Rufino Tamayo was born on August 26, 1899, in Oaxaca, Mexico. Orphaned by 1911, he moved to Mexico City to live with an aunt who sent him to commercial school. Tamayo began taking drawing lessons in 1915 and by 1917 had left school to devote himself entirely to the study of art. In 1921 he was appointed head of the Department of Ethnographic Drawing at the Museo Nacional de Arqueología, Mexico City, where his duties included drawing pre-Columbian objects in the museum’s collection. Tamayo integrated the forms and slate tones of pre-Columbian ceramics into his early still lifes and portraits of Mexican men and women.
The first exhibition of Tamayo’s work in the United States was held at the Weyhe Gallery, New York, in 1926. The first of his many mural commissions was given to him by the Escuela Nacional de Música in Mexico City in 1932. In 1936 the artist moved to New York, and throughout the late thirties and early forties the Valentine Gallery, New York, gave him shows. He taught for nine years, beginning in 1938, at the Dalton School in New York. In 1948 Tamayo’s first retrospective took place at the Instituto de Bellas Artes, Mexico City. Tamayo was influenced by European Modernism during his stay in New York and when he traveled in Europe in 1957. In that year he settled in Paris, where he executed a mural for the UNESCO Building in 1958. Tamayo returned to Mexico City in 1964, making it his permanent home. The French government named him Chevalier and Officier de la Légion d’Honneur in 1956 and 1969, respectively, and he was the recipient of numerous other honors and awards. His work was exhibited internationally in group and solo shows. Important Tamayo retrospectives took place at the São Paulo Bienal in 1977 and the Solomon R. Guggenheim Museum, New York, in 1979. He died in Mexico City on June 24, 1991.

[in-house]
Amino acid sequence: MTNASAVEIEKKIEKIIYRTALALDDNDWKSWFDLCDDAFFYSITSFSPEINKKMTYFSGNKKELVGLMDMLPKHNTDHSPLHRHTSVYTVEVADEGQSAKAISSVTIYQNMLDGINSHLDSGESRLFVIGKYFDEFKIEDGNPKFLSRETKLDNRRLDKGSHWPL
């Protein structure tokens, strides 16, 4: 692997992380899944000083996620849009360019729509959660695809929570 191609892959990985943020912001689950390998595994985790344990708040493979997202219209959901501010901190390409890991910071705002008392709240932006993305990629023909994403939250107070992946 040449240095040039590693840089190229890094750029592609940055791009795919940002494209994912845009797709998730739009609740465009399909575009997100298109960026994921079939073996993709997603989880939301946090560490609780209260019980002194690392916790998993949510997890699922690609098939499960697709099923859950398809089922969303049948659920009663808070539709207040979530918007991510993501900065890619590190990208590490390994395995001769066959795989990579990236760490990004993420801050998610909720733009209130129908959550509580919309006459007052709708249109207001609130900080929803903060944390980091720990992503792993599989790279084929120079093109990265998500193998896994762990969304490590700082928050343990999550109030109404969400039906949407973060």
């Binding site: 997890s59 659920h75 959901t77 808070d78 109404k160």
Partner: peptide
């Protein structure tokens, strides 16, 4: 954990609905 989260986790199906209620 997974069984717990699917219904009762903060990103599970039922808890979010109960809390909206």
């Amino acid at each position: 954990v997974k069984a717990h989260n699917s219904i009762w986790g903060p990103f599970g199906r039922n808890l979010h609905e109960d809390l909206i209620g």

Excellent prints by Tamayo represent a blue chip investment. They will more than likely appreciate dramatically over time. One of Tamayo’s paintings entitled “Trovador,” which was done in 1945, set a record for the highest price ever paid at auction, for a Latin American painting, at the Christies sale on May 28th, 2008, when it sold for $7,209,000.00. Since then, multiple paintings have sold for well into seven figures.
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